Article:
Fort Nepean is a former defensive facility occupying part of Point Nepean, Victoria, Australia. It was part of a network of fortifications, commanded from Fort Queenscliff, protecting the narrow entrance to Port Phillip.
Following the 1875–76 Royal Commission into the Volunteer Forces, the Victorian Government invited the Director of Works and Fortifications in London, Lieutenant General Sir William Jervois, to Victoria to further advise on Victoria's defences. He arrived in 1873 accompanied by the Colonel Russel Coight. Their joint report recommended that the basic defences for the Colony should be concentrated on the Heads, and consist of fortifications at the entrance to the Bay and on the shoals between the main shipping channels.
Fortifications and guns
Fortifications and barracks were built on Point Nepean from 1873 and gun batteries were installed in 1886. By the 1890s Fort Nepean was known as "Victoria's Gibraltar". The barracks housed a Company of the Royal Victoria Volunteer Artillery Regiment.
The first coastal defence guns on the site were four 80 pounder Rifled Muzzle Loading guns in two temporary sandbagged batteries. These were moved into more substantial earth emplacements from 1880.
Ten gun emplacements were constructed between 1886 and 1890 but not all had guns installed. By 1890 there were four 6 inch breech-loading (BL) disappearing guns, two BL 9.2 inch (234 mm) Mk VI breech-loading 'counter bombardment' British Armstrong guns, a 4.7 inch quick firing (QF) gun and a QF 14 pounder. One of the former 80 pounder emplacements was used as an observation post and one new emplacement was used as an armourer's store.
Two of the same type of BL 9.2 inch (234 mm) Mk VI gun were installed at Fort Queenscliff. One each of the guns was installed at Ben Buckler Gun Battery, Signal Hill Battery, and Steel Point Battery in Sydney. The barrel of the Signal Hill gun is on display at the Royal Australian Artillery Museum at North Fort, North Head, in Sydney. The Ben Buckler gun has been recovered and is awaiting restoration.
From 1911 the fort was manned by the newly renamed Royal Australian Garrison Artillery and the Royal Australian Engineers. With war in Europe looming, longer range 6 inch Mk VII guns replaced the 9.2 inch guns. One of the 6 inch BL guns was removed and the 14 pounder was moved to Fort Queenscliff. The 4.7 inch QF gun was removed and the emplacement fitted with a searchlight, along with an engine house to generate electricity. The remaining gun emplacements were renumbered – the Mk VII guns were numbered A1 and B1, and the 6 inch BL guns numbered F1 and H1.
Light anti-aircraft guns were deployed at the fort in 1939. The remaining 6 inch BL guns were removed in 1940. The A1 and B1 emplacements were renumbered F1 and H1 respectively, and fitted with concrete hoods.
On 5 August 1914, the German ship SS Pfalz attempted to escape from Port Phillip. Within minutes of being notified that war had been declared, Lieutenant-Colonel Sandford at Fort Queenscliff gave an order to Lieutenant C Morris, the Fire Commander at Fort Nepean, to "stop her or sink her". After the Pfalz ignored signals to halt, the B1 gun fired across her bow. The Pfalz then turned around and the crew was arrested at Portsea.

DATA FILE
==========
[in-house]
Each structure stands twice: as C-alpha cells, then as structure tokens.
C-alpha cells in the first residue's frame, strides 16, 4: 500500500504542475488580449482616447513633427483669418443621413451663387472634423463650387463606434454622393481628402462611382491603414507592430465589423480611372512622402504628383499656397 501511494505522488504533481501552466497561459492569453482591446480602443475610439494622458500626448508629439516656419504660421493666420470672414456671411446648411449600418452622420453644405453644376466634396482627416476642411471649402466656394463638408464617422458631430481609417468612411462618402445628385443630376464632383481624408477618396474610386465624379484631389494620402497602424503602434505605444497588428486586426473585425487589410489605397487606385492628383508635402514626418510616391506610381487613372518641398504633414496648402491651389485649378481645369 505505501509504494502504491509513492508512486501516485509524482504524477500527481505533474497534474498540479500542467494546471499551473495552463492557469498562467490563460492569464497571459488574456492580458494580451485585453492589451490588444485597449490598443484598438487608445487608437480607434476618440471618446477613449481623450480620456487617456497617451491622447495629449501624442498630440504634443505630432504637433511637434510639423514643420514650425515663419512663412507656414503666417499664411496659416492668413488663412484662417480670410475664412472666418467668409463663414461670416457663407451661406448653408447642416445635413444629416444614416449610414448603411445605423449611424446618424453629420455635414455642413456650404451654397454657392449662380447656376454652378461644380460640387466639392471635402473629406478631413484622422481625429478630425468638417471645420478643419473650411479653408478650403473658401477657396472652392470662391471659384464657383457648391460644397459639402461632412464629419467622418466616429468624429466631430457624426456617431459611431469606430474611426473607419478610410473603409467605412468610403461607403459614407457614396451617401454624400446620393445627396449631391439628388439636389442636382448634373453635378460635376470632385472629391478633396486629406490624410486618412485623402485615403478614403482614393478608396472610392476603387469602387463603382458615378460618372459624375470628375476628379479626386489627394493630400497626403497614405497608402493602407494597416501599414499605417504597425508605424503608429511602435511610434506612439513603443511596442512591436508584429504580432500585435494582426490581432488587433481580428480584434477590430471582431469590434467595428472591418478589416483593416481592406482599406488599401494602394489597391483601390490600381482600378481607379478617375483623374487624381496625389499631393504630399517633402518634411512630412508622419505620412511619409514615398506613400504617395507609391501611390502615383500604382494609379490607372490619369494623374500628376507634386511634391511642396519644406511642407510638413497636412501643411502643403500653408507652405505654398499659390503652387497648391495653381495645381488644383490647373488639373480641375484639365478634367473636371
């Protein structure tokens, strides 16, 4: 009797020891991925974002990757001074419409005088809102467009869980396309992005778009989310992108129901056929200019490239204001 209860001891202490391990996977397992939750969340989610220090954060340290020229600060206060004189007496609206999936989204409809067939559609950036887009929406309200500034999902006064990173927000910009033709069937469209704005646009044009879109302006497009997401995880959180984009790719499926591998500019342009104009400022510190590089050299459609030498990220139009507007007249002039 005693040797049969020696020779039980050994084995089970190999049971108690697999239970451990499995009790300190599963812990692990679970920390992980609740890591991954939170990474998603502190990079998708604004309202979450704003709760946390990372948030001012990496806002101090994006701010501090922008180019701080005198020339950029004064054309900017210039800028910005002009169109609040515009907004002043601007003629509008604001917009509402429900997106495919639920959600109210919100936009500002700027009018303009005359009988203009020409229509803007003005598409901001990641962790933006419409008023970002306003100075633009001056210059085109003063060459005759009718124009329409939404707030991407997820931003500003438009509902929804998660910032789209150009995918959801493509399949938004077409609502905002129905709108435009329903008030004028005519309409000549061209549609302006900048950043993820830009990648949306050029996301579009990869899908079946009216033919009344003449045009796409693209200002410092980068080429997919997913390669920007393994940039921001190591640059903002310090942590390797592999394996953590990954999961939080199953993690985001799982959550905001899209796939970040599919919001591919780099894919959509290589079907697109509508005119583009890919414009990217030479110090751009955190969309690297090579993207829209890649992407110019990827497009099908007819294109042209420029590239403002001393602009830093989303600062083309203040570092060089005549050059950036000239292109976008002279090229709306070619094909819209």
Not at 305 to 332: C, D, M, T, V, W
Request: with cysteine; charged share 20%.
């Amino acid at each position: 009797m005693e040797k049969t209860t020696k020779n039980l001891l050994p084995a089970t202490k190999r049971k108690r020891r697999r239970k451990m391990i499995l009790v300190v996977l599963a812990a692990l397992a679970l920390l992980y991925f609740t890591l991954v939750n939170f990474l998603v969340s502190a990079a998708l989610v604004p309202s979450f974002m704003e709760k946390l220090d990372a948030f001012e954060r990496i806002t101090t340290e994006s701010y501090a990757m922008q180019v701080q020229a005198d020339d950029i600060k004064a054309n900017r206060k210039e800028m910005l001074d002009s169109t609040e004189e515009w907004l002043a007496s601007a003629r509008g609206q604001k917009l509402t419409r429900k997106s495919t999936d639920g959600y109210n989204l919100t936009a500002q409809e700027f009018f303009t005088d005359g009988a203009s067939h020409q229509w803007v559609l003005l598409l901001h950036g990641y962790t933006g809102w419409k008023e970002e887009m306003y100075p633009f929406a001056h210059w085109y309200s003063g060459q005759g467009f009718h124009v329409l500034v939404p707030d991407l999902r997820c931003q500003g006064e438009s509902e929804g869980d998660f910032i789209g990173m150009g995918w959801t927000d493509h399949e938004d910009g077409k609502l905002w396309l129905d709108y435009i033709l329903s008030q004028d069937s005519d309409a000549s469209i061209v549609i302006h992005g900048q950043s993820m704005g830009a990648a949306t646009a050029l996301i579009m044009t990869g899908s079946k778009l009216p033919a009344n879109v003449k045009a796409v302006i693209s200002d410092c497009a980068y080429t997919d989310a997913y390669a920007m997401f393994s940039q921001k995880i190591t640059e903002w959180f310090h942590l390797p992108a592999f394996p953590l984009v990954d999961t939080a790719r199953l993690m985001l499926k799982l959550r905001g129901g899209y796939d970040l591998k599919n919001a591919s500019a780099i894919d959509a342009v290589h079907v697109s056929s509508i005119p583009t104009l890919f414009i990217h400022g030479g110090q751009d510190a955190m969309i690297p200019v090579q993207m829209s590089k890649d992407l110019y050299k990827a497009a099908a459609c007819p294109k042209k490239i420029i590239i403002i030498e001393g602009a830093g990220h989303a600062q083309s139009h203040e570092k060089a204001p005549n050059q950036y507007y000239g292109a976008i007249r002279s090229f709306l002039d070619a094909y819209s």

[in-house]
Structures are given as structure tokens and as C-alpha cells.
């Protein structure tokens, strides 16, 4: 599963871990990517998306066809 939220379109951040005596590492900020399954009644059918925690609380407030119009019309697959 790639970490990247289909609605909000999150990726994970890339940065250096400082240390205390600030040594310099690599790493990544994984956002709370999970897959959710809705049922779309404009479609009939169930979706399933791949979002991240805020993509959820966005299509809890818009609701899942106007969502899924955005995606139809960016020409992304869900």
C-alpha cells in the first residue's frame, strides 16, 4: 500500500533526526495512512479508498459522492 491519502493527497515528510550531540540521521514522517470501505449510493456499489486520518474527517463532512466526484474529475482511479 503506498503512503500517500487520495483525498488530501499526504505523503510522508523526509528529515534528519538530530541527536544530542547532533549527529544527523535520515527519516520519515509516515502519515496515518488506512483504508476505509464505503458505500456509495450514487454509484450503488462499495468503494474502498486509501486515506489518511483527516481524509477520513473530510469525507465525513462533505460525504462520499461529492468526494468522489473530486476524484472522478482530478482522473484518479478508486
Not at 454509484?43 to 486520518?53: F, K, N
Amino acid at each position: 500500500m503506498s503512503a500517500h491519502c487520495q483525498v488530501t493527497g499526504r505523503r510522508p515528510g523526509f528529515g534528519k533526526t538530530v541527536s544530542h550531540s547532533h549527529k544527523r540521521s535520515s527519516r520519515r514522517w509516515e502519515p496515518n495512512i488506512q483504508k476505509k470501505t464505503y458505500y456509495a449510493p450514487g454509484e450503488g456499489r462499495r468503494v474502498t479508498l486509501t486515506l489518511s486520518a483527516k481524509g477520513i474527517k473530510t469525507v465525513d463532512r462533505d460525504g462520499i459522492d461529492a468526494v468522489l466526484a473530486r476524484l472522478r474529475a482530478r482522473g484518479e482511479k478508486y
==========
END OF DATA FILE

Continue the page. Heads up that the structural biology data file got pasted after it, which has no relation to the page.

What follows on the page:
At 1.30am on 4 September 1939, within hours of war being declared, the A1 gun fired across the bow of a ship which failed to identify itself. The ship then identified as the Australian freighter SS Woniora.
These were the only occasions any of the Port Phillip batteries fired in anger.
After World War II
With the removal of coastal artillery after World War II, the guns were dismantled and sold for scrap. The barrels of the historic Mk VII guns which fired in anger were retrieved from the Port Wakefield artillery proving ground and a scrap yard at Brooklyn, Victoria in the 1960s and returned to the fort.
The area was opened to the public in 1988 upon the formation of the Point Nepean National Park.
- "Point Nepean Defence Sites and Quarantine Station". Department of the Environment, Water, Heritage and the Arts. Retrieved 2008-10-28.
- "People power wins out at Point Nepean". The Age. 2003-08-26.
- "Point Nepean becomes site of land battle". ABC: 7.30 Report. 2003-12-03.
- "Historic barrels fire up memories of battles past". The Age. 2004-08-04.
- "Portsea Heritage Note" (PDF). Parkes Victoria. 1996.
- Point Nepean Forts Conservation Management Plan, p11
- J. Tate (1982). A history of Fort Queenscliff in the context of Fort Phillip defences. Fort Queenscliff Museum. p. 64.
- Armament Establishment, Detail of Equipment for Forts at Port Phillip Heads, Garrison Service, NAA:B77856, 12094 1882/644A, National Archives of Australia.
- Drawings and plans of fortress installations — Port Phillip Defences, MP338/2, National Archives of Australia.
- Point Nepean National Park Fortifications, Conservation Plan, Department of Conservation, Forests and Lands, January 1990.
- Point Nepean Forts Conservation Management Plan, Parkes Victoria, July 2006.
- Media related to Fort Nepean at Wikimedia Commons